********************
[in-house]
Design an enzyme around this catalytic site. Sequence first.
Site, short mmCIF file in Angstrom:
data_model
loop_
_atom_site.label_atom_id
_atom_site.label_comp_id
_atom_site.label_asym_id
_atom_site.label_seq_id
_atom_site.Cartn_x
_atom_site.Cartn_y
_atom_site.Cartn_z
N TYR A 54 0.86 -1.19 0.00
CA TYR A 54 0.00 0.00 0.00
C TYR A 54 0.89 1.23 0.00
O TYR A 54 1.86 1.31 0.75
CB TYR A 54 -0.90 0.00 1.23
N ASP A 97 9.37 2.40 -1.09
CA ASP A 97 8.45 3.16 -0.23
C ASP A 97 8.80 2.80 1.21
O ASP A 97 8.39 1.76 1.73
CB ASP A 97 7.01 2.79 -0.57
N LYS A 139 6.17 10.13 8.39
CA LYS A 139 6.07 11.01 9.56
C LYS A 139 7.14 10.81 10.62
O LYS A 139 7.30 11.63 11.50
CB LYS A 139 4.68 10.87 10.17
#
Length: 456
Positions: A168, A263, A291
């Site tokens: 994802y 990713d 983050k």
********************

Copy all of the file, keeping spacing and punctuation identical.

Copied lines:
[in-house]
Design an enzyme around this catalytic site. Sequence first.
Site, short mmCIF file in Angstrom:
data_model
loop_
_atom_site.label_atom_id
_atom_site.label_comp_id
_atom_site.label_asym_id
_atom_site.label_seq_id
_atom_site.Cartn_x
_atom_site.Cartn_y
_atom_site.Cartn_z
N TYR A 54 0.86 -1.19 0.00
CA TYR A 54 0.00 0.00 0.00
C TYR A 54 0.89 1.23 0.00
O TYR A 54 1.86 1.31 0.75
CB TYR A 54 -0.90 0.00 1.23
N ASP A 97 9.37 2.40 -1.09
CA ASP A 97 8.45 3.16 -0.23
C ASP A 97 8.80 2.80 1.21
O ASP A 97 8.39 1.76 1.73
CB ASP A 97 7.01 2.79 -0.57
N LYS A 139 6.17 10.13 8.39
CA LYS A 139 6.07 11.01 9.56
C LYS A 139 7.14 10.81 10.62
O LYS A 139 7.30 11.63 11.50
CB LYS A 139 4.68 10.87 10.17
#
Length: 456
Positions: A168, A263, A291
């Site tokens: 994802y 990713d 983050k």